Watts is also seeing increasing challenges outside North America. Higher rates and higher energy costs are undermining confidence in Europe and that is likely to translate into slower construction and renovation activity.
Ongoing Leverage To Smart Devices And Efficiency Initiatives
As I mentioned in a recent article on Zurn Elkay (ZWS), I believe leak detection (broadly defined) could be a solid growth opportunity. The company recently highlighted products like the Sentinel Leak Defense system (whole-home leak protection for single-family) and Blucher monitoring roof drains in investor presentations, and management has reiterated its target of 25% revenue contributions from smart/connected devices (although the target date has been pushed out a year to 2024).
Why do I think this could be a growth opportunity? Rising loss severity has been cited as an issue by most personal and commercial P&C insurance companies, as inflation has driven up the cost of parts and labor, and insurance companies are looking for ways to mitigate these costs. Incentivizing property owners to retrofit (or install on new-builds) leak detection technologies is a cost-effective way to reduce loss frequency and severity.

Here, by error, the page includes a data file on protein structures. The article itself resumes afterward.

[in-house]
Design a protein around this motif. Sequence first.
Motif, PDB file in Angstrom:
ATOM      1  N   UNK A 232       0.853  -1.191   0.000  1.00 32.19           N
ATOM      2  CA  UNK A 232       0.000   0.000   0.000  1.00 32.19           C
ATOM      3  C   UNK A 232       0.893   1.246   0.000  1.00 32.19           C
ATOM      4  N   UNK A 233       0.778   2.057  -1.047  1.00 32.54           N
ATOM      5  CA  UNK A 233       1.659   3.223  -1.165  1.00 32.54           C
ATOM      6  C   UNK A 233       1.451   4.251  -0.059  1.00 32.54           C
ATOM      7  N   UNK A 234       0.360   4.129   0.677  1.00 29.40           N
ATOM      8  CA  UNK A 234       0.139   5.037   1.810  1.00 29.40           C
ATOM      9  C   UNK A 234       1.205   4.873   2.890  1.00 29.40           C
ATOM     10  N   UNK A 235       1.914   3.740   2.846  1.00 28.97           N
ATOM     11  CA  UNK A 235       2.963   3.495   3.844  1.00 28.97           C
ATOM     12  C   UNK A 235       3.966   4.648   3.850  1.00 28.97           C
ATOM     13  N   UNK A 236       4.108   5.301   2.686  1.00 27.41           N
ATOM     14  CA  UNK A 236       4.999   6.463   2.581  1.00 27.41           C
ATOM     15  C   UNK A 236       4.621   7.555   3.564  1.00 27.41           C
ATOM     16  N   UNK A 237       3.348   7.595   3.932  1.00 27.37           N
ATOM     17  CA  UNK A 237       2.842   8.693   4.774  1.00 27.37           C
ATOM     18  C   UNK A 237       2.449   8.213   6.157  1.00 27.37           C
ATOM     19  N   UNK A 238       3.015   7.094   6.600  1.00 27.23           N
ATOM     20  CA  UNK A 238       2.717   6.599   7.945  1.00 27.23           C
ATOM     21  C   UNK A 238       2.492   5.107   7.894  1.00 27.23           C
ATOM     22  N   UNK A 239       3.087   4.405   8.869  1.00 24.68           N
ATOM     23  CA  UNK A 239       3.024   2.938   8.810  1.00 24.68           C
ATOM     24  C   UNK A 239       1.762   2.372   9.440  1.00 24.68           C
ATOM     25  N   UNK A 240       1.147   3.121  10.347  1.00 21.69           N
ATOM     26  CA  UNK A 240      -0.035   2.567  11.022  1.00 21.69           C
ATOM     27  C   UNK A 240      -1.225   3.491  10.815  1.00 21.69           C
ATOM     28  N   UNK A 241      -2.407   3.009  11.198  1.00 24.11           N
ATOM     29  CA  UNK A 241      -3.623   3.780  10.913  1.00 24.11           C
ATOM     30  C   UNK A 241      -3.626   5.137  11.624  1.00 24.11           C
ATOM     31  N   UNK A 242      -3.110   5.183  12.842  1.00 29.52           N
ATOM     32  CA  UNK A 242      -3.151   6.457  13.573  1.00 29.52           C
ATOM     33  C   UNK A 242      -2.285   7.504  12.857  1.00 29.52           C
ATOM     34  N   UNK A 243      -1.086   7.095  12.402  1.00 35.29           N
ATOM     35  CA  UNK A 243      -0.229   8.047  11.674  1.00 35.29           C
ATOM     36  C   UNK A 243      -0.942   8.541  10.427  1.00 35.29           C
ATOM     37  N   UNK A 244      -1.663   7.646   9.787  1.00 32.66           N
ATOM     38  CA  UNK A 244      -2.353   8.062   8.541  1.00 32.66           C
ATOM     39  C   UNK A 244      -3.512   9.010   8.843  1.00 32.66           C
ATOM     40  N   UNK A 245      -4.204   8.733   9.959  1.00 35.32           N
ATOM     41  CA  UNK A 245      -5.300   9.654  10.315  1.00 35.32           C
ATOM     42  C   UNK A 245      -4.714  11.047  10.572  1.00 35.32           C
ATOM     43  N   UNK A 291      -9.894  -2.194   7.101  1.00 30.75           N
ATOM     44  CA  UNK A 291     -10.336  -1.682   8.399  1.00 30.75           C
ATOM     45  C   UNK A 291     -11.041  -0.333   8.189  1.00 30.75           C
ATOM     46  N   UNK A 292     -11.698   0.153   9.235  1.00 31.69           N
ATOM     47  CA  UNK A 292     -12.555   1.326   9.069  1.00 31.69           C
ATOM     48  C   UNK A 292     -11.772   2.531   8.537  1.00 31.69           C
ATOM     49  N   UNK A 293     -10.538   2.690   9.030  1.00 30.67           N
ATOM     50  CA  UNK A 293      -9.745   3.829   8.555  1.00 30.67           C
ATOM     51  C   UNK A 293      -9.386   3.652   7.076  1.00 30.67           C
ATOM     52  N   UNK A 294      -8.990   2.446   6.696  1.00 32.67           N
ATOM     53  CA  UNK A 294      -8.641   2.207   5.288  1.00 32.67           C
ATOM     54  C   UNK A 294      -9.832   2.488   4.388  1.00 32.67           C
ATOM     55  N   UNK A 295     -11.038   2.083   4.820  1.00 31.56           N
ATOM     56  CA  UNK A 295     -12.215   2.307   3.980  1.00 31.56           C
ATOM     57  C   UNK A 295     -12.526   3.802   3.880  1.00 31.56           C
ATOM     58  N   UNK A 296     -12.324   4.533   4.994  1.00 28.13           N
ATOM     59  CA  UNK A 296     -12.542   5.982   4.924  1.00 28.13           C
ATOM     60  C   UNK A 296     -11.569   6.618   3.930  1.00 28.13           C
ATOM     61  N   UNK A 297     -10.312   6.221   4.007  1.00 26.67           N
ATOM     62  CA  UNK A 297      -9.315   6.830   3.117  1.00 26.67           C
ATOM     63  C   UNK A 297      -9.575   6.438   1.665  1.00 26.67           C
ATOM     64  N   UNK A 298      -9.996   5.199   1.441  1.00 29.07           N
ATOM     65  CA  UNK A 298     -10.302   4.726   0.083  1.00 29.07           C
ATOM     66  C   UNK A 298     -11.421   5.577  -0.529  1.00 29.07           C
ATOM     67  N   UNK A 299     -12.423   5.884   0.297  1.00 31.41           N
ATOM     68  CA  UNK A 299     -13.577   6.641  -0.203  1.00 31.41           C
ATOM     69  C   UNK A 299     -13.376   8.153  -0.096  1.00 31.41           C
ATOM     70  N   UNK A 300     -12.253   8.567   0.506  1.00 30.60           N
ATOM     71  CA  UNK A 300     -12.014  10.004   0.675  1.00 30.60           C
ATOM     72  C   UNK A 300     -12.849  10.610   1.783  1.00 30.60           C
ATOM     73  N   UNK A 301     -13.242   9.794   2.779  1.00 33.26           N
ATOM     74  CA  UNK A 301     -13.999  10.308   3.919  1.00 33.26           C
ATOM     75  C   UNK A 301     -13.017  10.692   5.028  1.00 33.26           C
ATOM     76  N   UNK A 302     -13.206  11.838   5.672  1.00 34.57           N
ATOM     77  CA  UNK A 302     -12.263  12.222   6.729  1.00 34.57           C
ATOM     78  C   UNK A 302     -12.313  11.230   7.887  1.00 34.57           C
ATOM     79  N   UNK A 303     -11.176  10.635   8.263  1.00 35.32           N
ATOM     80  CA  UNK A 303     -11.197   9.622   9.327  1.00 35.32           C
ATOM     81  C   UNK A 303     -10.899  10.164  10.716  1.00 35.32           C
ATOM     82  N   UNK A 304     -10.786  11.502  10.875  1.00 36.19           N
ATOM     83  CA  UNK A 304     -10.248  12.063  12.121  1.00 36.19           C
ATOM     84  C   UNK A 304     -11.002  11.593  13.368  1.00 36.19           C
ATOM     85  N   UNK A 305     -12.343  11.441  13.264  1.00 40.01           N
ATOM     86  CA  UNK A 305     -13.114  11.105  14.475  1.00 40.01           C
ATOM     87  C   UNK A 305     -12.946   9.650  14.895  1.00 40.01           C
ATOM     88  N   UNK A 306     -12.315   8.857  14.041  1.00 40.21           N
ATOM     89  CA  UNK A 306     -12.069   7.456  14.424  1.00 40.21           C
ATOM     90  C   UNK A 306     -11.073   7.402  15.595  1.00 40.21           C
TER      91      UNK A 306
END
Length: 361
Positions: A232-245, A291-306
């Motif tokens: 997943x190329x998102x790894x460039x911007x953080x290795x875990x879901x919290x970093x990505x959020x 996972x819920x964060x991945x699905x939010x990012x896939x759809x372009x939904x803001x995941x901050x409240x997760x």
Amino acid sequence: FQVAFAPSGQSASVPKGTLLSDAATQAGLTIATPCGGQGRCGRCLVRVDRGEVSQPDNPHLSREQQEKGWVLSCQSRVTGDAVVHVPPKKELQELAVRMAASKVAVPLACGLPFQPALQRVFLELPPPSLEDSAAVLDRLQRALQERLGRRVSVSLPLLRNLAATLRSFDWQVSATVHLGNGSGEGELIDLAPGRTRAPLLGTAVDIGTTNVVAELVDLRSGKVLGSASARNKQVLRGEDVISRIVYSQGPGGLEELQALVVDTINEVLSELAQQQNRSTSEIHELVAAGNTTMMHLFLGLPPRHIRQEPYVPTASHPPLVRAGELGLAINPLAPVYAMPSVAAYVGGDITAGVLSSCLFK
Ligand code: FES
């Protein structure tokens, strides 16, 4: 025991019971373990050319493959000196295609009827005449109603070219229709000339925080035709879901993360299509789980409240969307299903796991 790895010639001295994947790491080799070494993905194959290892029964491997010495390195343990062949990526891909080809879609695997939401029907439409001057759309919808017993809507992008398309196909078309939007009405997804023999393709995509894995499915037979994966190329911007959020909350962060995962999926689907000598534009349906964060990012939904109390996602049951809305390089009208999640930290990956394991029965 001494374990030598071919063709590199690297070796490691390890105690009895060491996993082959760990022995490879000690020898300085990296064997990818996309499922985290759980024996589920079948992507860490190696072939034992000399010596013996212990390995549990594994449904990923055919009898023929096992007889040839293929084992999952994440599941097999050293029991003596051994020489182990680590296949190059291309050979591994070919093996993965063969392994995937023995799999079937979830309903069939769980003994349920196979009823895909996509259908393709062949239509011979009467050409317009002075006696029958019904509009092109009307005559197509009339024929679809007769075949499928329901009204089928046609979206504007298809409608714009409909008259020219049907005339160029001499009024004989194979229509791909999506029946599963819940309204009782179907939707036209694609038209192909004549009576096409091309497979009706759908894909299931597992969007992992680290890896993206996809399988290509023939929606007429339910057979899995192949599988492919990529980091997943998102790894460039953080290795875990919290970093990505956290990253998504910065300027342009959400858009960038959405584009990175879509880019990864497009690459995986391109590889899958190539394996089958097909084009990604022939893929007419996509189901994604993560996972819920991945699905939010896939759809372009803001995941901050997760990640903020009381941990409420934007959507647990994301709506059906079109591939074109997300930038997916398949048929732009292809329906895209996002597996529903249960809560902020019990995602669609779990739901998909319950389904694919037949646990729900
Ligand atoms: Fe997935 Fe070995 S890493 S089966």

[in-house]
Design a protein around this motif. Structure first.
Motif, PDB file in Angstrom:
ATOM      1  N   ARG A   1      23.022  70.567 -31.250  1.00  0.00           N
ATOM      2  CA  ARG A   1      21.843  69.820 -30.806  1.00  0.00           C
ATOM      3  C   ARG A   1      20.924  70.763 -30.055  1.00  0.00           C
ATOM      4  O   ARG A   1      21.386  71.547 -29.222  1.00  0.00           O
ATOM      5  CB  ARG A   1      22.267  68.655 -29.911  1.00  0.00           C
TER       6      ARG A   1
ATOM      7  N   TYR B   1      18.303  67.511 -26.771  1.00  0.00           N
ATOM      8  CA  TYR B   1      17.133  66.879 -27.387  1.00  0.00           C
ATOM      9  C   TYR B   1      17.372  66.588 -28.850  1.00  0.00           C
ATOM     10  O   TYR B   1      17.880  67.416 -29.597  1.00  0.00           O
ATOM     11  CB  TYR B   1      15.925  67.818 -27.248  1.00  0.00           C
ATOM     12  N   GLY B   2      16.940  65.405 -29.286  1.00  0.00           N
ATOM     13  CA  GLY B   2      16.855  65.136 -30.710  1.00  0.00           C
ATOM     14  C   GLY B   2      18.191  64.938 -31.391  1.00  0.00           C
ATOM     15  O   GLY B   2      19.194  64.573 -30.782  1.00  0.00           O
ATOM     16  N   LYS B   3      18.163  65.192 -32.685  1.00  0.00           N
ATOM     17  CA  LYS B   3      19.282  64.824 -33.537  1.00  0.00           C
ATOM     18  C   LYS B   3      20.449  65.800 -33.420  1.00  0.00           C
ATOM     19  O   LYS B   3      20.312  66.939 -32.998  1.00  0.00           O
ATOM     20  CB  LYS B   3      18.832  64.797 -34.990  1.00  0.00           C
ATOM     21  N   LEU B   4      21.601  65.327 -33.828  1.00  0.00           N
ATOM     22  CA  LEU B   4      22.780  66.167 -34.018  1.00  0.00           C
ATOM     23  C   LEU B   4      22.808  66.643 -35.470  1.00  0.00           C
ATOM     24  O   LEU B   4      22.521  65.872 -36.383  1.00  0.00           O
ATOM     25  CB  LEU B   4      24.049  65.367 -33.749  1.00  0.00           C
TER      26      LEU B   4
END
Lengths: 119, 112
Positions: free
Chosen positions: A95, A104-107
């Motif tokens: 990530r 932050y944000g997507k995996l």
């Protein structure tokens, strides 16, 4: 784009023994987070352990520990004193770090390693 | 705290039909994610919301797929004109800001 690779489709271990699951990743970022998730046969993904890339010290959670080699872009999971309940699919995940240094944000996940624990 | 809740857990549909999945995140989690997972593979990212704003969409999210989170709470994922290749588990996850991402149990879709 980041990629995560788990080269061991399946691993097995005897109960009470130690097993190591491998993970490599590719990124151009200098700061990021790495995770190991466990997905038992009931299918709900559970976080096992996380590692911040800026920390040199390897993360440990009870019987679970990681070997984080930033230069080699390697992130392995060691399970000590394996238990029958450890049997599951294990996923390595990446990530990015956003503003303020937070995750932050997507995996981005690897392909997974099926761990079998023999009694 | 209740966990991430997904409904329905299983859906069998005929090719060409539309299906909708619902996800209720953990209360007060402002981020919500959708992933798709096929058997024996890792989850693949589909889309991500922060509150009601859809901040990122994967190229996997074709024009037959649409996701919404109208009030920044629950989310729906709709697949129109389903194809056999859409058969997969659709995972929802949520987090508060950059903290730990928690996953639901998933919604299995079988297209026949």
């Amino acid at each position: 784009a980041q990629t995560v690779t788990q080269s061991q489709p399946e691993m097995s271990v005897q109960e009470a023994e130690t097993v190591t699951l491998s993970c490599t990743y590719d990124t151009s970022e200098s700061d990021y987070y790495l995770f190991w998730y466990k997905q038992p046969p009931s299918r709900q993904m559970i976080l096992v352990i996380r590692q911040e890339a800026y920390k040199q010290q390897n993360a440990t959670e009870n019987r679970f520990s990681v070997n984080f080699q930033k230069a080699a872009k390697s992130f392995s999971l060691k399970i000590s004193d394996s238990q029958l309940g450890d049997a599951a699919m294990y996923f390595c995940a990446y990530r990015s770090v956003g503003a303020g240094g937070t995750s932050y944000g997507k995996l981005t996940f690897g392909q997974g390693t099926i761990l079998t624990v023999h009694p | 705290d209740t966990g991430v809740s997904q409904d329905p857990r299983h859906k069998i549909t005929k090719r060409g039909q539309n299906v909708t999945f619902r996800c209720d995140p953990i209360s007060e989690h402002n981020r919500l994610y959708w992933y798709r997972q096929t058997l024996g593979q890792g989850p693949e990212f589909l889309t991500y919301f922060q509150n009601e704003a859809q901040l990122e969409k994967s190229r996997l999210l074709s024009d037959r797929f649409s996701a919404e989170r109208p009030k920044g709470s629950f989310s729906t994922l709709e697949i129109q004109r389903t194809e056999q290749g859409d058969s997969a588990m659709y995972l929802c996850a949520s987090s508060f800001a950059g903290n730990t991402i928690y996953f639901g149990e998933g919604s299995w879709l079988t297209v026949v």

Watts also has leverage to increase attention to energy efficiency. High-efficiency commercial boilers and water heaters, as well as radiant/hydronic heating products for commercial and residential markets, are getting more attention as green building initiatives prioritize more energy-efficient systems.